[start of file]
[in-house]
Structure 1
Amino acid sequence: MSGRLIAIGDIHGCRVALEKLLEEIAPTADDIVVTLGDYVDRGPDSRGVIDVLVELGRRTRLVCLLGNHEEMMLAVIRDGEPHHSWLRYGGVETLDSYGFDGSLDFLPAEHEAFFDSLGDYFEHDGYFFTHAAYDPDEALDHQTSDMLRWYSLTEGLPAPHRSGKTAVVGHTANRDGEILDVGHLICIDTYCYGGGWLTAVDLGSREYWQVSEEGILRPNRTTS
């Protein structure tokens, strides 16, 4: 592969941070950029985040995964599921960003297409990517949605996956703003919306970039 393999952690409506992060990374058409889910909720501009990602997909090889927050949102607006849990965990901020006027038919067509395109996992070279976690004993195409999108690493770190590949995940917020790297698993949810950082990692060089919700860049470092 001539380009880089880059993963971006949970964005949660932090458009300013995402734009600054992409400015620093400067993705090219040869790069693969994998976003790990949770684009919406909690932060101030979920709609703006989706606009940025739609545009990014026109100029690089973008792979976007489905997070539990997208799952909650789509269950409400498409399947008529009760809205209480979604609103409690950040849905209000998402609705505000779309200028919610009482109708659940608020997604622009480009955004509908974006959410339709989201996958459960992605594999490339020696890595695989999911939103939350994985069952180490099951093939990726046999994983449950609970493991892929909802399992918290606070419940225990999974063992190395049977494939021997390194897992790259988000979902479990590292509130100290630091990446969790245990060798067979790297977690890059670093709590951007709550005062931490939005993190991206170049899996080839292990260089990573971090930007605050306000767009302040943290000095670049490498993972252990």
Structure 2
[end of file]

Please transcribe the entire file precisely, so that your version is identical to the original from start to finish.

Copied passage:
[in-house]
Structure 1
Amino acid sequence: MSGRLIAIGDIHGCRVALEKLLEEIAPTADDIVVTLGDYVDRGPDSRGVIDVLVELGRRTRLVCLLGNHEEMMLAVIRDGEPHHSWLRYGGVETLDSYGFDGSLDFLPAEHEAFFDSLGDYFEHDGYFFTHAAYDPDEALDHQTSDMLRWYSLTEGLPAPHRSGKTAVVGHTANRDGEILDVGHLICIDTYCYGGGWLTAVDLGSREYWQVSEEGILRPNRTTS
């Protein structure tokens, strides 16, 4: 592969941070950029985040995964599921960003297409990517949605996956703003919306970039 393999952690409506992060990374058409889910909720501009990602997909090889927050949102607006849990965990901020006027038919067509395109996992070279976690004993195409999108690493770190590949995940917020790297698993949810950082990692060089919700860049470092 001539380009880089880059993963971006949970964005949660932090458009300013995402734009600054992409400015620093400067993705090219040869790069693969994998976003790990949770684009919406909690932060101030979920709609703006989706606009940025739609545009990014026109100029690089973008792979976007489905997070539990997208799952909650789509269950409400498409399947008529009760809205209480979604609103409690950040849905209000998402609705505000779309200028919610009482109708659940608020997604622009480009955004509908974006959410339709989201996958459960992605594999490339020696890595695989999911939103939350994985069952180490099951093939990726046999994983449950609970493991892929909802399992918290606070419940225990999974063992190395049977494939021997390194897992790259988000979902479990590292509130100290630091990446969790245990060798067979790297977690890059670093709590951007709550005062931490939005993190991206170049899996080839292990260089990573971090930007605050306000767009302040943290000095670049490498993972252990």
Structure 2